DES MOINES — Having a projected $822 million surplus this fiscal year doesn’t make state budgeting any easier.
In fact, said Senate budget architect Bob Dvorsky, it may make it more challenging because the myriad Iowa groups, individuals and interests seeking state funding have bigger expectations.
Members of joint House-Senate appropriations subcommittees officially launched their work Thursday aimed at hammering out a fiscal 2014 spending plan by the session’s May 3 adjournment target.
“All the machinery is now running,” said House Speaker Kraig Paulsen, R-Hiawatha.
The budget panels commenced their work by getting Legislative Services Agency staff overviews of their spending areas that were covered in Gov. Terry Branstad’s $6.54 billion proposal, which projected a 4.3 percent growth in the general fund for the next 12 months, beginning July 1.
However, the governor’s plan included no new money for supplemental state aid to K-12 schools for base budgeting or for state salary or benefit changes, which currently are subject to closed-door negotiations with two state employee collective-bargaining units.
Senate Majority Leader Mike Gronstal, D-Council Bluffs, said he was taking a hopeful view that the split-control Legislature and governor could evaluate where they agree and disagree and focus on “what’s doable.”
Even though the governor did not include K-12 supplemental state aid in his budget plan, Gronstal doubted that meant the governor would not agree to boost state aid to schools beyond what he has earmarked for education reforms.
“We are not trying to focus on how far apart we are,” he said. “I’m sure there will be some differences, and I’m sure that there will be a lot of common ground. We are going to try to focus on what brings us together, not what takes us apart.”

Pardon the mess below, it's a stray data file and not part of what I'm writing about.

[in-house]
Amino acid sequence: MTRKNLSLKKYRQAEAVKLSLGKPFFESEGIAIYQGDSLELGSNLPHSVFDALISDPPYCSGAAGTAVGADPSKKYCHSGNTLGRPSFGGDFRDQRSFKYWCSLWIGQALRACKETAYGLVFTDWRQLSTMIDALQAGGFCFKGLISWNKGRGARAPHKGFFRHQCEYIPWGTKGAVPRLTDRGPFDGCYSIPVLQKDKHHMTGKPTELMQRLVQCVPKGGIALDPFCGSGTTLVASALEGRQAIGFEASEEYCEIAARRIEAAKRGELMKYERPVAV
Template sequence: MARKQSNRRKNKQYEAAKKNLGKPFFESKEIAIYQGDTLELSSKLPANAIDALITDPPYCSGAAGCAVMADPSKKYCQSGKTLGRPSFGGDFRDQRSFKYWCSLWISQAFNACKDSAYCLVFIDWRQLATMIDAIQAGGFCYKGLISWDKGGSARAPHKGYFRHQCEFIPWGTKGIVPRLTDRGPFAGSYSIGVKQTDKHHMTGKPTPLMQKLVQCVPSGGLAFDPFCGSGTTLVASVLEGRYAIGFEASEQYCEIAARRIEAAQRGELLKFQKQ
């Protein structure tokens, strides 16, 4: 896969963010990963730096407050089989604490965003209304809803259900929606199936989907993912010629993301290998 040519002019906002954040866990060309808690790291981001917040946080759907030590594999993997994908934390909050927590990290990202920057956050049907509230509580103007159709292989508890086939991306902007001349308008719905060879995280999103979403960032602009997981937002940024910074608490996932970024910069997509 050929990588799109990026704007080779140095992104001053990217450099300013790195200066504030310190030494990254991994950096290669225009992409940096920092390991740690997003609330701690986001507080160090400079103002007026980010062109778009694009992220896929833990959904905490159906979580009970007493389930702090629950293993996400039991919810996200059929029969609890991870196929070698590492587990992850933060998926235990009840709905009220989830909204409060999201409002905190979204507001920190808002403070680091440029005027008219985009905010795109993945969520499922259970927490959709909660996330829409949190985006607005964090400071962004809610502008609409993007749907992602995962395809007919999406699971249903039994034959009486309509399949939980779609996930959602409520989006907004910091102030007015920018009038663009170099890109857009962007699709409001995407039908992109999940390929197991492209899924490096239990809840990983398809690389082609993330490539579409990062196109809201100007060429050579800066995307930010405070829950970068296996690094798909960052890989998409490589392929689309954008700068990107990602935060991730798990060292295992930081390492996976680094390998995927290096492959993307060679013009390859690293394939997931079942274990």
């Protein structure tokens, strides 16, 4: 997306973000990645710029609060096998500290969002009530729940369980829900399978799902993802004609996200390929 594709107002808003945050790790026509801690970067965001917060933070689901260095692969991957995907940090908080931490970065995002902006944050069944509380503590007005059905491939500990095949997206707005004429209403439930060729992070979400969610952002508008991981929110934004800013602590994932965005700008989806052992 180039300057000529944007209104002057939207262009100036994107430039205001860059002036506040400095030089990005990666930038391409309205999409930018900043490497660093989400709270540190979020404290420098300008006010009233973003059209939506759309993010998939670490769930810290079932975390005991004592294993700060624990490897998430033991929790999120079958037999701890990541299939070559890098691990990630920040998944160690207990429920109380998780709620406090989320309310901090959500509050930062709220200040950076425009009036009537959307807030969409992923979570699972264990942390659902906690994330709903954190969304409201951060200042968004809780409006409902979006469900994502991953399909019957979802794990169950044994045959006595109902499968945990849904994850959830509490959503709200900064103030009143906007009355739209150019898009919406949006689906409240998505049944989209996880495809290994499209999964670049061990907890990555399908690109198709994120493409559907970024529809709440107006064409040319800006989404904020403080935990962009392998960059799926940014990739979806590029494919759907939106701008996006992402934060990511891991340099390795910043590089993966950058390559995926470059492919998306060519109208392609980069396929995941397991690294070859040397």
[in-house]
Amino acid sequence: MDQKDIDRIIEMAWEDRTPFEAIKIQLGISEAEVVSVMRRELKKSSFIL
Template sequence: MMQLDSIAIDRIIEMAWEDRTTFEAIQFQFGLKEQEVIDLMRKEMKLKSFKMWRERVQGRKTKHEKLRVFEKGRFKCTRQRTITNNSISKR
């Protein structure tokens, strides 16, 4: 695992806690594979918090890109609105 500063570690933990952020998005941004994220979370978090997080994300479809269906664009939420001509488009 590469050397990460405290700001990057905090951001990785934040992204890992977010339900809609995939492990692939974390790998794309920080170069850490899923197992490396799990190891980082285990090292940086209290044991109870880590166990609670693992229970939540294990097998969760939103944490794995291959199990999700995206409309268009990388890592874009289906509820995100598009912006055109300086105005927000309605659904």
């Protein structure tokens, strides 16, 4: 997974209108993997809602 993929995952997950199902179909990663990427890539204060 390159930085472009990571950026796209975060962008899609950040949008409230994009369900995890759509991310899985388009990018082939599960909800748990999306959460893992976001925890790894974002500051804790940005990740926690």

Paulsen said he is more encouraged as House Republicans start to formulate their spending targets.
Paulsen said the GOP targets would not spend more than 99 percent of the available revenue and would not use one-time sources to fund ongoing expenses.
“It’s going to be very interesting to see what the House Republicans come up with,” said Dvorsky, D-Coralville, chairman of the Senate Appropriations Committee.
Meanwhile, Senate Democrats voted Thursday to move bills out of committee that would provide about $135 million more supplemental state aid to K-12 schools for the school year beginning July 1, a 4 percent increase in “allowable growth” that they also proposed to cover with $38.9 million in state money to absorb any property tax increases associated with their 4 percent growth rate. Leaders indicated the full Senate would vote on the measure next week.
Senate GOP Leader Bill Dix, R-Shell Rock, said Republicans prefer the governor’s approach of first addressing education reforms — expected to cost $187 million over the next five years — before the Legislature takes up the allowable growth issue.
“Clearly, we are concerned about moving forward with providing funding ahead of any reforms that will be done for the benefit of students in the future. That simply just makes good common sense,” he said.
Gronstal said he believed the proposed education reforms and base funding measures could advance on a parallel track with work in both areas planned for next week, while Dix expected that if Democrats proceed with an allowable growth vote next Wednesday that Republicans “are probably going to vote no.”